Management of children's dental anxiety


Psychological management of children’s dental anxiety



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Psychological management of children’s dental anxiety

There is emerging evidence that psychological therapies can be used to address the patient’s dental fear and anxiety with reasonably good success, though, the majority of studies have focused on adult patients . Psychological strategies can be used to enhance trust, increase feelings of control and develop coping skills in children with dental anxiety . Clear explanations and procedural information, ‘Tell-show-do’, stop signalling methods/devices, positive feedback during procedures and positive reinforcement are all techniques which can be used to help build up trust and increase patient control and treatment predictability . These strategies are regularly employed by paediatric dentists, with ‘Tell-show-do’ being the most commonly used behavioural strategy . The use of these basic psychological techniques during dental treatment have been found effective in the reduction of children’s dental anxiety .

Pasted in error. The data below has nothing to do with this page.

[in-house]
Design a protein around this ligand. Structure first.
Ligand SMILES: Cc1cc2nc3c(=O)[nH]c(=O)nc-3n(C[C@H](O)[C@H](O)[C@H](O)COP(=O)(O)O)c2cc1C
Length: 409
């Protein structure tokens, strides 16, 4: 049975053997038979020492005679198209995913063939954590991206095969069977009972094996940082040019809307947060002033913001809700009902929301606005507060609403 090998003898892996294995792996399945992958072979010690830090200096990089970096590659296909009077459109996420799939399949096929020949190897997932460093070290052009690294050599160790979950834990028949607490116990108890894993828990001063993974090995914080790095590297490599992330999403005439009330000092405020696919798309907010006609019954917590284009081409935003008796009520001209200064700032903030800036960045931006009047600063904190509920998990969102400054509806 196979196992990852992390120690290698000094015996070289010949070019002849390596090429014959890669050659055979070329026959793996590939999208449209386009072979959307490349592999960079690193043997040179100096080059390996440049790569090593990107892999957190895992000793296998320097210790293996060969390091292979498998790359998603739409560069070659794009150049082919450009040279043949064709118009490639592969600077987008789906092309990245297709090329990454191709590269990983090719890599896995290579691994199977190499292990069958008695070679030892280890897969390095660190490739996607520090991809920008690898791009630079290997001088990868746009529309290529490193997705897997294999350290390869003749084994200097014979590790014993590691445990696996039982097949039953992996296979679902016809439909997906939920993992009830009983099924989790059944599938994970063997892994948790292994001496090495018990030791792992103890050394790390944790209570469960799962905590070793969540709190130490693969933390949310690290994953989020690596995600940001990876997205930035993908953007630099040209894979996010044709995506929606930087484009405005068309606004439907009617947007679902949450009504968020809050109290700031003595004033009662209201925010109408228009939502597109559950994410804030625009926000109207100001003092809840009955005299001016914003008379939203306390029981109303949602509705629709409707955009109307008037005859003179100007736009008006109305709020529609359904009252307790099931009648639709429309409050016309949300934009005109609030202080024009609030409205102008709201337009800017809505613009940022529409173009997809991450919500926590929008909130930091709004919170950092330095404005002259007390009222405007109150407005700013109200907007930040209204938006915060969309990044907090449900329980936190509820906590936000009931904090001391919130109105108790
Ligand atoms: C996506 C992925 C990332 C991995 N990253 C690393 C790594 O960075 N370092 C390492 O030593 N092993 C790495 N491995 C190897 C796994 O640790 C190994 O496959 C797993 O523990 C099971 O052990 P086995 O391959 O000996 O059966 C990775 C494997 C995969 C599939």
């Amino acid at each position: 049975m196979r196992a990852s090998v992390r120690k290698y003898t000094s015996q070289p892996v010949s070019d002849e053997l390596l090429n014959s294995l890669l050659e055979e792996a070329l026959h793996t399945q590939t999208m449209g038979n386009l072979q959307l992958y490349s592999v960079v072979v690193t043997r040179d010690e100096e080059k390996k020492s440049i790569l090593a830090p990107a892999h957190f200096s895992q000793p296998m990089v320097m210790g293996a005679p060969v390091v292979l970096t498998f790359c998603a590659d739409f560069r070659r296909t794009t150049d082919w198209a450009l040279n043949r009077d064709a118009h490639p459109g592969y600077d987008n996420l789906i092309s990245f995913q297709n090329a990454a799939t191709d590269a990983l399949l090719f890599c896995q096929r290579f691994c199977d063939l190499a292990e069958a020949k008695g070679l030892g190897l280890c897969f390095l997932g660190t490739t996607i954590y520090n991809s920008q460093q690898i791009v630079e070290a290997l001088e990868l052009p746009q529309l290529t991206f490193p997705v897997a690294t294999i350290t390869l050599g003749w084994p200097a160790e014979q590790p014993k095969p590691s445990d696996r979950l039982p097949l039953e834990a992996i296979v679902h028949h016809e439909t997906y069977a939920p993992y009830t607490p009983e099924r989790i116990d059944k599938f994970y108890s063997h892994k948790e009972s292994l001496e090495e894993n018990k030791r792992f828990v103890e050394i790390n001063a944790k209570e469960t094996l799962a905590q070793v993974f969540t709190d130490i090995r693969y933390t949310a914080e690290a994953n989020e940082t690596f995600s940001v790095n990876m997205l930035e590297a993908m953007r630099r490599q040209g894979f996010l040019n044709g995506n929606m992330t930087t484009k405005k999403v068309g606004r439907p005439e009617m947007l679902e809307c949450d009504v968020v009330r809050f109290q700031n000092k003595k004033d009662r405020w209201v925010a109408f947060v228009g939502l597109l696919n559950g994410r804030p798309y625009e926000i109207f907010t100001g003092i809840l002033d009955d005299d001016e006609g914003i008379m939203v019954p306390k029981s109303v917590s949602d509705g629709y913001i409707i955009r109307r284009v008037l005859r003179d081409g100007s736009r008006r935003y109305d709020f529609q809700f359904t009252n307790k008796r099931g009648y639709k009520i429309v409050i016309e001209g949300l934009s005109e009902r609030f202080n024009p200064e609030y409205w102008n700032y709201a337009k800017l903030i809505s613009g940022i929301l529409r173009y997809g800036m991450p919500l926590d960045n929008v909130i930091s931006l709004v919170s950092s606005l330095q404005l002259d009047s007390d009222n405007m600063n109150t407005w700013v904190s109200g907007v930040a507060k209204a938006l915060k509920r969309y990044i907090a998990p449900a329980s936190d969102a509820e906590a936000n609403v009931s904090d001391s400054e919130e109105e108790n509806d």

Whilst these techniques may be adequate for children with mild levels of dental anxiety, children with more pronounced fears may require additional psychological interventions to help them overcome their dental anxiety/fears. It is important that psychological interventions delivered by dentists are evidence based, however, there has been a lack of high quality research (e.g. randomised control trials) investigating the effectiveness of interventions in the field of dental anxiety . There are, however, a number of Empirically Supported Treatments (ESTs) for the management of anxiety problems in children, which are largely based on a Cognitive Behavioural Therapy (CBT) model . CBT is a problem–focused psychological intervention, which seeks to teach patients skills for the self-management of their anxiety. Williams and Garland developed the Five Areas model of assessment and management, which represents a new way of communicating CBT (see Figure 1).

Identify and target life situation (e.g. significant events, parental anxiety) aggression)







Identify and target altered thoughts (e.g. ‘I won’t be able to breathe’ ‘The dentist will be angry with me’)








Identify and target altered emotions (e.g. fear of specific stimuli, generalised dental anxiety, embarrassment)



Identify and target altered physical feelings/ symptoms

(e.g. fainting, physical tension, agitation)









Identify and target altered behaviours

(e.g. avoidance of dental encounter, reliance on pharmacological interventions)






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